There were new developments in California employment law that every business owner needs to know.

Minimum Wage. Most already know that California raised the minimum wage to $10 per hour as of the beginning of the year. However, some local jurisdictions have raised it even higher: Oakland, for example, has raised the minimum wage in the city to $12.55. San Francisco’s minimum wage is currently $12.25, but is going up to $13.00 an hour on July 1st.
More importantly, employers have new incentives to keep up, as the Department of Labor Standard Enforcement (also known as the Labor Commissioner) now has the authority to enforce local minimum wage laws, with often draconian penalties. As there is little room for error with the Labor Commissioner, it is especially important to get it right.

Paid Sick Leave. Last year, mandatory paid sick leave went into effect for most California employers. Last summer, the California Legislature made some changes to the Labor Code that many may have missed. First, the “one hour sick leave for 30 hours worked” has been modified to ensure that an employee gets at least 24 hours of sick leave for 120 days worked – regardless of how many hours worked for that period. If you have part-time worked who work only as little as an hour a day, they could qualify for 24 hours of sick leave in 120 days of employment, even if they worked only 100-719 hours during that time. Confusing? Probably. Check with your payroll provider or us if you have more questions.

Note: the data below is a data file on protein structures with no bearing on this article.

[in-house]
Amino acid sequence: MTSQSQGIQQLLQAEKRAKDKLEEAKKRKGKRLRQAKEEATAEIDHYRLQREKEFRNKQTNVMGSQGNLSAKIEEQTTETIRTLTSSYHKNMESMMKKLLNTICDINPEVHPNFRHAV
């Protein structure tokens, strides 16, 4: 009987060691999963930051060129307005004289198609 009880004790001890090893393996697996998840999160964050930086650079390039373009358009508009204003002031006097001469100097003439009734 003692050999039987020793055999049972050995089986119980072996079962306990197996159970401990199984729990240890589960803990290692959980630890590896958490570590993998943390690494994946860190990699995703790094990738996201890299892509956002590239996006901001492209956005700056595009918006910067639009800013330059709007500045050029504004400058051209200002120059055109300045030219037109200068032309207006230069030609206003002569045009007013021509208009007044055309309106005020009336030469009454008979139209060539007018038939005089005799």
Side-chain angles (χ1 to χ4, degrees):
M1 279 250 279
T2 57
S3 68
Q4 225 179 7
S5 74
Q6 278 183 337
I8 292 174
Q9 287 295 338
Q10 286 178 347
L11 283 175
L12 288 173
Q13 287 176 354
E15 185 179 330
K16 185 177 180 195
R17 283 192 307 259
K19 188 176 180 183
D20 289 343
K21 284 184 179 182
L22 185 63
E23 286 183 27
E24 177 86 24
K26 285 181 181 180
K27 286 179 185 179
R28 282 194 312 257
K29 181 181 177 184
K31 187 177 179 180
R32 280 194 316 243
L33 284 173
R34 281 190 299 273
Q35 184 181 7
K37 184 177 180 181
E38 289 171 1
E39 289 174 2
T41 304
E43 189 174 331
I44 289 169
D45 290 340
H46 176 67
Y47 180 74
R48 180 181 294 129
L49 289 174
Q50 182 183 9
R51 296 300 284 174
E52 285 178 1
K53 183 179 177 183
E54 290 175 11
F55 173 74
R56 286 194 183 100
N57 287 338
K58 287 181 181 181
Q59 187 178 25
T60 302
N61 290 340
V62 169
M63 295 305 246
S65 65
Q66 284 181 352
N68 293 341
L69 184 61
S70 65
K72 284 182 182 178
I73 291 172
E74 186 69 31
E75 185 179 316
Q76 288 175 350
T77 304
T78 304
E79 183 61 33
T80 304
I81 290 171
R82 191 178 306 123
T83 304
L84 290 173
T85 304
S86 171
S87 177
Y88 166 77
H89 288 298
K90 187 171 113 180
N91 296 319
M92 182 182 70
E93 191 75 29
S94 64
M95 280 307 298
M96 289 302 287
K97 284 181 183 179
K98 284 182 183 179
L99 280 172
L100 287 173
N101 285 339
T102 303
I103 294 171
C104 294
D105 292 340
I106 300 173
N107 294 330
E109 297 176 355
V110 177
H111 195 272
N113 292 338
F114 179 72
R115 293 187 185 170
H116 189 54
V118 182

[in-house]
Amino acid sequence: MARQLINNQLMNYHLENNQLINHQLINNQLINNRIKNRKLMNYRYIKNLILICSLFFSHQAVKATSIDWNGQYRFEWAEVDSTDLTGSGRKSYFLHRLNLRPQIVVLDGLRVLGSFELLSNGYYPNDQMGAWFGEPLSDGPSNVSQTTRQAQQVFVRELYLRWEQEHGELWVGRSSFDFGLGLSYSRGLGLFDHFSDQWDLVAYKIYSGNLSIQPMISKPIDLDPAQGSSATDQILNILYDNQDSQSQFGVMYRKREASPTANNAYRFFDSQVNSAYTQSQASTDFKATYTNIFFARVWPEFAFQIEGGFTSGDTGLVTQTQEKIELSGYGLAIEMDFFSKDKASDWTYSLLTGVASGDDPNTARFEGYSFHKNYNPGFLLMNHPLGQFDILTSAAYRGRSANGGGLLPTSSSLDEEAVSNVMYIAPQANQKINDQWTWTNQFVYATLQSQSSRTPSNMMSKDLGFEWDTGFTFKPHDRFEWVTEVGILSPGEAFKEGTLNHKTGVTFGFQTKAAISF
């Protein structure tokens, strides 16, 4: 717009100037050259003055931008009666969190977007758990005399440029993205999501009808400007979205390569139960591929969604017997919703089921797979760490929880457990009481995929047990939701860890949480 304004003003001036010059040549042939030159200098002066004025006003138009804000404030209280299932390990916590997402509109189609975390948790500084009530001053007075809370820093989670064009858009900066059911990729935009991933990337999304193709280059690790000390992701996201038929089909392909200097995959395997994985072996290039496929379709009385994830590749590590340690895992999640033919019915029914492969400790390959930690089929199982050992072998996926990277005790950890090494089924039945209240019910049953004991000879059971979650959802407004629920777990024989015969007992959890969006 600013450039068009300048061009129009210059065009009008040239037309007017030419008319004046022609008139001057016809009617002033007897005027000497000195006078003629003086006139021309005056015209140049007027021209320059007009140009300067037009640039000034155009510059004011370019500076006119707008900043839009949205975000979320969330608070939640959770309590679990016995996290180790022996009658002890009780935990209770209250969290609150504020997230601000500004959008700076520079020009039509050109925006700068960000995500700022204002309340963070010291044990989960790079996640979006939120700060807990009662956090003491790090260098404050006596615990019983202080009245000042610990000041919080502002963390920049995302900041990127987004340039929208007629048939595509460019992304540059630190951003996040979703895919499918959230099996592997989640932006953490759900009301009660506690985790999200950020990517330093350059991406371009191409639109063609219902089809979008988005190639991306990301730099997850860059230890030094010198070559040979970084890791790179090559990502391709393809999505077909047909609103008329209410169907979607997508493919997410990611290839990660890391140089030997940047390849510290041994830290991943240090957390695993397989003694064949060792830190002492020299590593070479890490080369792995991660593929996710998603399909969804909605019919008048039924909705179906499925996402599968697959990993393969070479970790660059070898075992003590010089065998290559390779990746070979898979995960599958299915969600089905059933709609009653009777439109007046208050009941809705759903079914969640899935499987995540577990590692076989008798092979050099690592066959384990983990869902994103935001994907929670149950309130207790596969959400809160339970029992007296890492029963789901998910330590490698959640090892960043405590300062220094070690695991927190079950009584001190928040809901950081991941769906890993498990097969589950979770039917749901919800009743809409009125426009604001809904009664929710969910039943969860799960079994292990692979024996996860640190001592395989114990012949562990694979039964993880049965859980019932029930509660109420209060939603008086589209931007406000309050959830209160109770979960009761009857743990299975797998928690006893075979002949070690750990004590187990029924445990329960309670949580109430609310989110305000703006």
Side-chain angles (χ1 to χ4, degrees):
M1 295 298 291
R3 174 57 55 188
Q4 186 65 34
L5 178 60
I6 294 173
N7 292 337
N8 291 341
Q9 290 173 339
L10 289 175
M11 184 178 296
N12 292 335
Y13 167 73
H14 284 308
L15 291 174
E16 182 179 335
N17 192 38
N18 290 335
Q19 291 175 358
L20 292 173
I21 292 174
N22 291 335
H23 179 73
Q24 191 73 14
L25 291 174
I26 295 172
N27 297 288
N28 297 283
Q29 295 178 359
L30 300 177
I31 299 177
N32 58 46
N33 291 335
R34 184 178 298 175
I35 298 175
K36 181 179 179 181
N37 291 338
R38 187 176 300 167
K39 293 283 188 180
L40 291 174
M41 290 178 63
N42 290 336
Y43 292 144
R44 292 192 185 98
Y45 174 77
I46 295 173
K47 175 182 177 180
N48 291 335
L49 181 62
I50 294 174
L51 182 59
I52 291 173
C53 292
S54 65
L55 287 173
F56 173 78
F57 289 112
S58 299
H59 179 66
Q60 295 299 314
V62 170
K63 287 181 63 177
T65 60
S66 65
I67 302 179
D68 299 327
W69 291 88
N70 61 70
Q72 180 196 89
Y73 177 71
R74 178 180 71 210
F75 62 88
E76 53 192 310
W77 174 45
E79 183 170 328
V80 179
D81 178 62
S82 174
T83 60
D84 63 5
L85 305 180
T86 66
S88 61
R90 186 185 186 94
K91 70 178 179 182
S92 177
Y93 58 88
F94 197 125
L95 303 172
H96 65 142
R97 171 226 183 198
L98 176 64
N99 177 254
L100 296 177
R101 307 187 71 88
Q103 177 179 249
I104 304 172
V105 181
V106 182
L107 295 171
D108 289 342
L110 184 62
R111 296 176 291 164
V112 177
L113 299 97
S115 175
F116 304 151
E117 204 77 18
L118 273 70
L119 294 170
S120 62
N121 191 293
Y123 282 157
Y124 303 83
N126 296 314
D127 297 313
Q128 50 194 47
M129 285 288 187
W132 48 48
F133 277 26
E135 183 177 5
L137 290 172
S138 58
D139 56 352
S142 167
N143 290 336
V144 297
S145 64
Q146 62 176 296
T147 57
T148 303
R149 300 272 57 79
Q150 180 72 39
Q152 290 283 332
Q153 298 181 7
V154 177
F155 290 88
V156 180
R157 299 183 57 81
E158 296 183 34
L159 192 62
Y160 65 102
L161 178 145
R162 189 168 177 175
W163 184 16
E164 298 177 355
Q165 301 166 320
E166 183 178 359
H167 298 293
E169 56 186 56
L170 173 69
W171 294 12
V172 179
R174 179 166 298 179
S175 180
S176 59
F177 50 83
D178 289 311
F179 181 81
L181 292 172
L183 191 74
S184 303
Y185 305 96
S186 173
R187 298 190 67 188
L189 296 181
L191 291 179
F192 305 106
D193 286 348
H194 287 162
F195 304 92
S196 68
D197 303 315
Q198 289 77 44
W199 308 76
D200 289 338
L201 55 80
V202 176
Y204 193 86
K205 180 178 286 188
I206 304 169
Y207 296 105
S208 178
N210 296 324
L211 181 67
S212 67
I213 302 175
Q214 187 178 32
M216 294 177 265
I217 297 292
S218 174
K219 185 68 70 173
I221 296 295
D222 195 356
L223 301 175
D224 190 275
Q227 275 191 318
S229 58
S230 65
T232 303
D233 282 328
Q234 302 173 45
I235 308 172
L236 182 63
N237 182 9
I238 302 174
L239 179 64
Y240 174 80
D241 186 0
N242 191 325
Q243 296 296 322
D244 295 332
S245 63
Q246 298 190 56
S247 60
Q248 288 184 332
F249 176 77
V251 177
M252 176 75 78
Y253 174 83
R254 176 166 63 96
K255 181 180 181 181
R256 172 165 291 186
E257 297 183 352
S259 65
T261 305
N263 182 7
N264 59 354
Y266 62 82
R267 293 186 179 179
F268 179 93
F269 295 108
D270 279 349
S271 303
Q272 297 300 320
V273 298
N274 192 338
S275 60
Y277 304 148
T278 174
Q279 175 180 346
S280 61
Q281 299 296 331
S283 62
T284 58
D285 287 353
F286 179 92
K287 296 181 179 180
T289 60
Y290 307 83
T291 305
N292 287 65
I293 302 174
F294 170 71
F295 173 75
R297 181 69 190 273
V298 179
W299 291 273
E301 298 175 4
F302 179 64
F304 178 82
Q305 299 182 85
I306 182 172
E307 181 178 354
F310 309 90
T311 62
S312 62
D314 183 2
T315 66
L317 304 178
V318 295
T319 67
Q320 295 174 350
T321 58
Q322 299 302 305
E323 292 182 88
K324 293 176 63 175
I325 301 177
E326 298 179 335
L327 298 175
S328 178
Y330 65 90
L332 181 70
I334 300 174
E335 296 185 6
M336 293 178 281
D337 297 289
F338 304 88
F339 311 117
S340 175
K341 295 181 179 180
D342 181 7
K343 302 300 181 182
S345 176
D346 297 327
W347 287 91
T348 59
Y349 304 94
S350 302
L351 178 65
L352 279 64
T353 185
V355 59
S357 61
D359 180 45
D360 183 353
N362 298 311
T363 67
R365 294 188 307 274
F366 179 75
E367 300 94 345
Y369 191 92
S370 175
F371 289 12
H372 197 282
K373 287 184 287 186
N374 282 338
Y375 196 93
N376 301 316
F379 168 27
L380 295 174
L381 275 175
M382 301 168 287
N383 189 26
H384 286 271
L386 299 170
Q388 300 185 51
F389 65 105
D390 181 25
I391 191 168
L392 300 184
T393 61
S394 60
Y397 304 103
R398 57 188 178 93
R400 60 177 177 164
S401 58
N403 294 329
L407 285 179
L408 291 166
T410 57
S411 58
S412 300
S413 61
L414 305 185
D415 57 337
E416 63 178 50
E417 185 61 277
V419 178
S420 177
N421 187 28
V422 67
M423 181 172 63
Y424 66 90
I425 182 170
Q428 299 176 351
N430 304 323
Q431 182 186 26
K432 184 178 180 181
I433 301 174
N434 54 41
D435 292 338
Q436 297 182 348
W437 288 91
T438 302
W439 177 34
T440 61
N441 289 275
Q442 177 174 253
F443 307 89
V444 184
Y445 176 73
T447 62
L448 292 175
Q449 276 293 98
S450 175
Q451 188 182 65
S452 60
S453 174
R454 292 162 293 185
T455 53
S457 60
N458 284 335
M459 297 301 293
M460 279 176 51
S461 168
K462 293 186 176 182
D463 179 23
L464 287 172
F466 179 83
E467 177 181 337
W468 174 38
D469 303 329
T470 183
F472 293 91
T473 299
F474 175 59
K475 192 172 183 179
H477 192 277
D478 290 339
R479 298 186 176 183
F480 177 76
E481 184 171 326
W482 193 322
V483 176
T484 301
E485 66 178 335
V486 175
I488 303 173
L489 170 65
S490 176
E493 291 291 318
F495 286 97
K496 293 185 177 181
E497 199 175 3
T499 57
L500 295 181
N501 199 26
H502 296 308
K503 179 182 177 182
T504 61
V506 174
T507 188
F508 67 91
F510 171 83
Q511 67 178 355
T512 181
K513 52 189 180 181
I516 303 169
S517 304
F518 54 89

School Activities Leave. While only employers with 25 or more employees are required to offer it, many small businesses like to match what larger employers do. Employees of larger organizations are allowed to take protected time off for various school-related activities, including enrolling children, school emergencies, and working with teachers and child care providers. While many small businesses use their flexibility to do this as a matter of course, it is now more necessary to document these absences. This new law also amends current law to allow such leave to be included within the mandatory paid sick leave discussed above.

Equal Work is Now “Equal Skill, Effort, and Responsibility.” Employers are generally aware that California law has required equal pay for equal work between men and women, but the Legislature has now broadened the definition to jobs  requiring similar skill, effort and responsibility. The Legislature also dispensed with the limitation that pay inequality is disallowed only within a single establishment; it is now banned throughout the company. Senority and merit systems are still allowed, as are pay systems like commissions, dependent on volume or quality, although employers bear the burden of proof for those.

One reminder for employers: while employers generally recognize the chaos that can arise when employees compare their salaries (everyone’s job is more key than others’ jobs), employers cannot prevent them from doing so (or retaliating if they do so) under the Fair Pay Act.

A Rule of Reasonableness? The Legislature passed, and Gov. Brown signed, “urgency” legislation providing relief from draconian penalties for minor payroll statement violations. Employers can now avoid litigation and correct technical violations that occur when employers fail to provide itemized wage statements that show the full dates being paid, or fail to provide the employer’s legal name and address – but for the last three years. Reason triumphs?! Another reason to use a reputable payroll service.